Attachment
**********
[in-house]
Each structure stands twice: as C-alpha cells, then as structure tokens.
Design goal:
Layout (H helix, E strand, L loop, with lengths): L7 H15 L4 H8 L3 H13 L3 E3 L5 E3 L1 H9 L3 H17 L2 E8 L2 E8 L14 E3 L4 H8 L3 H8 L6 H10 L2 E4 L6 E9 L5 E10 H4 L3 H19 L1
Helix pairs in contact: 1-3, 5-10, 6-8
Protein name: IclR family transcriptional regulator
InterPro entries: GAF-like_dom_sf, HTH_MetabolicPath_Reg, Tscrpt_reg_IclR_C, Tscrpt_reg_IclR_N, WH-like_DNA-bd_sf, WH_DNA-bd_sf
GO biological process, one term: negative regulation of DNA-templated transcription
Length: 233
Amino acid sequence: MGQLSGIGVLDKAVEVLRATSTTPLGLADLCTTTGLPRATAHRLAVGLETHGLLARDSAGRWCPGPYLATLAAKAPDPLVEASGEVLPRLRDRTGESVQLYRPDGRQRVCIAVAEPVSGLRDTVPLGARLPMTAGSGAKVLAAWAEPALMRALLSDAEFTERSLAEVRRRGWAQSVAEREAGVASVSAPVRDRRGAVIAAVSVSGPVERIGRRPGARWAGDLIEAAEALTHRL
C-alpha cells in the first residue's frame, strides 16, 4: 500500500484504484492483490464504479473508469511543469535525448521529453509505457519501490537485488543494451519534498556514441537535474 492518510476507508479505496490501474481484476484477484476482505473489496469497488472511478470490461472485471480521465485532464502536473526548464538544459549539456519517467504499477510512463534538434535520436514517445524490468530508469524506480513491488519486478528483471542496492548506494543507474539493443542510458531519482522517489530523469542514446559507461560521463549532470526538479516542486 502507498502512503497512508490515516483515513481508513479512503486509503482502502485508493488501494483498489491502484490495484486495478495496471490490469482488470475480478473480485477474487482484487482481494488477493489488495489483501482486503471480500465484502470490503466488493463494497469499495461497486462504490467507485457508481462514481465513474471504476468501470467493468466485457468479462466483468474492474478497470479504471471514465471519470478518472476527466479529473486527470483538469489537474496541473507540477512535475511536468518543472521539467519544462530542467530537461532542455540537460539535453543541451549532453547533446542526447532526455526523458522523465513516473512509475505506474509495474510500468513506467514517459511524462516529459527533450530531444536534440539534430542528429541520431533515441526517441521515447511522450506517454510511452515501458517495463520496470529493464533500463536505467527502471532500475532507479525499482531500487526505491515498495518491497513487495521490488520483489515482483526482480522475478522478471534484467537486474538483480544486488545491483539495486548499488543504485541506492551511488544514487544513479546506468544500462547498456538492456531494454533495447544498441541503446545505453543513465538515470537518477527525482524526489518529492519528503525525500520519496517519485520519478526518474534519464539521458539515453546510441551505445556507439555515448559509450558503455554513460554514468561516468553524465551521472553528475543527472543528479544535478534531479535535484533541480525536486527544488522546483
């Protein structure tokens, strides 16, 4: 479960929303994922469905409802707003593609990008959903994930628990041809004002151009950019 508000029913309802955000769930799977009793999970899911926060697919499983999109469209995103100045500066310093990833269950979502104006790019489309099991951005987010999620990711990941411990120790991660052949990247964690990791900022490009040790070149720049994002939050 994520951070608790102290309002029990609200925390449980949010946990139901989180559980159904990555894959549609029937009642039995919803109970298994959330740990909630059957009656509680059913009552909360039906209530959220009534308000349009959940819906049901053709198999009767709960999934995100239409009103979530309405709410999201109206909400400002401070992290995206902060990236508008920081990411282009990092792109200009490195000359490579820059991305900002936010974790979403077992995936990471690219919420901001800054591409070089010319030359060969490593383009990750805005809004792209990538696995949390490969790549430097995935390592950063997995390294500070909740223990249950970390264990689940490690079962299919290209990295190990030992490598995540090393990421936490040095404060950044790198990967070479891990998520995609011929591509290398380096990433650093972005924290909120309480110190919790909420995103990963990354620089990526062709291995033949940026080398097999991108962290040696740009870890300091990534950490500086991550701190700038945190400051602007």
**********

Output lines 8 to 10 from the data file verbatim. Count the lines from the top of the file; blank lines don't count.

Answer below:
GO biological process, one term: negative regulation of DNA-templated transcription
Length: 233
Amino acid sequence: MGQLSGIGVLDKAVEVLRATSTTPLGLADLCTTTGLPRATAHRLAVGLETHGLLARDSAGRWCPGPYLATLAAKAPDPLVEASGEVLPRLRDRTGESVQLYRPDGRQRVCIAVAEPVSGLRDTVPLGARLPMTAGSGAKVLAAWAEPALMRALLSDAEFTERSLAEVRRRGWAQSVAEREAGVASVSAPVRDRRGAVIAAVSVSGPVERIGRRPGARWAGDLIEAAEALTHRL